great short stories. not saturated with scientific jargon. easy to follow and very interesting.
rated it really liked it
Sep 29, 2007
Jason Minnis
rated it really liked it
Feb 15, 2013
rated it it was ok
Feb 27, 2011
rated it really liked it
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Stephen Jay Gould was a prominent American paleontologist, evolutionary biologist, and historian of science. He was also one of the most influential and widely read writers of popular science of his generation. Gould spent most of his career teaching at Harvard University and working at the American Museum of Natural History in New York.

Most of Gould's empirical research was on land snails. Gould
More about Stephen Jay Gould...

Other Books in the Series

Reflections in Natural History (10 books)
  • Ever Since Darwin: Reflections in Natural History
  • The Panda's Thumb: More Reflections in Natural History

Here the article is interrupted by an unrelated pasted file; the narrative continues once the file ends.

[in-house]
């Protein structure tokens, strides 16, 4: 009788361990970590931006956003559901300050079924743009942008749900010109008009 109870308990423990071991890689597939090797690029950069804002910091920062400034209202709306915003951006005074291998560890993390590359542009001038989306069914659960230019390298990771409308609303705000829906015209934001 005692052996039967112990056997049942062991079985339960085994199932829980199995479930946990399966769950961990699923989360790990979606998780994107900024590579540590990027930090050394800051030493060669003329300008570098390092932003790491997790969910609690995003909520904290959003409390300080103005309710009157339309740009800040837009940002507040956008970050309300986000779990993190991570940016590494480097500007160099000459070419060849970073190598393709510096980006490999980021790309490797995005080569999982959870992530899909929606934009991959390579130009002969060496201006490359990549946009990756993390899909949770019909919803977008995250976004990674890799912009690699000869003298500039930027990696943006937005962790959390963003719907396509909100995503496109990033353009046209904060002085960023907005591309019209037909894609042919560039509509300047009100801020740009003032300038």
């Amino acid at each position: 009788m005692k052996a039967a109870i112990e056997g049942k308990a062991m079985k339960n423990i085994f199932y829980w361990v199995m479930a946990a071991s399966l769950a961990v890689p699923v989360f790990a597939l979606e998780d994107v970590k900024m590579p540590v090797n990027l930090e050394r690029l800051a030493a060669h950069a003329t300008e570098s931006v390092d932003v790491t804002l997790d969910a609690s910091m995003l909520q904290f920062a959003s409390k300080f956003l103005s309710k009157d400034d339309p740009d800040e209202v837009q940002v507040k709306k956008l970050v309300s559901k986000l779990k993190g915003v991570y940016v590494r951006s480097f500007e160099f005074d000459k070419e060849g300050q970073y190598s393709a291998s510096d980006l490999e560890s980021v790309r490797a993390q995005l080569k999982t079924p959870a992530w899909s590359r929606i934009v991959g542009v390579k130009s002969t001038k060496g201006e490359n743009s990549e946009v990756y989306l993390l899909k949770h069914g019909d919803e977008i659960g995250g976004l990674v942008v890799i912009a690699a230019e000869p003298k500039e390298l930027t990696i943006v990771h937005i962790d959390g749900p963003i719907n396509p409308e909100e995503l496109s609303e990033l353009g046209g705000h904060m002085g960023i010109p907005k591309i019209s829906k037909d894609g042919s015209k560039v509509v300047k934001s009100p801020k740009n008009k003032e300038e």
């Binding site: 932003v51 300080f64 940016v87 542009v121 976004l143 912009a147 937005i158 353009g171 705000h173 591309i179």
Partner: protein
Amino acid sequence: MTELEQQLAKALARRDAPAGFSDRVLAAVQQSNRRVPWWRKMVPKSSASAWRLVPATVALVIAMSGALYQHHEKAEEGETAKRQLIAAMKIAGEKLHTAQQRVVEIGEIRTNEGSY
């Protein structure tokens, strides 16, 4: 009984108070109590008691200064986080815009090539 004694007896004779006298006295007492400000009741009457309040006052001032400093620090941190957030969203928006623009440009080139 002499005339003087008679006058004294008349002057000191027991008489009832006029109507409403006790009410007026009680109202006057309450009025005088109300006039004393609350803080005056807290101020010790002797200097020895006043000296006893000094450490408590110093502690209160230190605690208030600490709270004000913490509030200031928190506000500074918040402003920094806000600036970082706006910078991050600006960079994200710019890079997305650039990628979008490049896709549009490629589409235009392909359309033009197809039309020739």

• Hen's Teeth and Horse's Toes: Further Reflections in Natural History
  • The Flamingo's Smile: Reflections in Natural History
  • Bully for Brontosaurus: Reflections in Natural History
  • Eight Little Piggies: Reflections in Natural History
  • Dinosaur in a Haystack
  • Leonardo's Mountain of Clams and the Diet of Worms: Essays on Natural History
  • The Lying Stones of Marrakech: Penultimate Reflections in Natural History

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“Bless all the women of this world who nurture our heritage while too many man rush off to kill for ideals that might now be deeply and personally held, but will often be viewed as repugnant by later generations.” 2 likes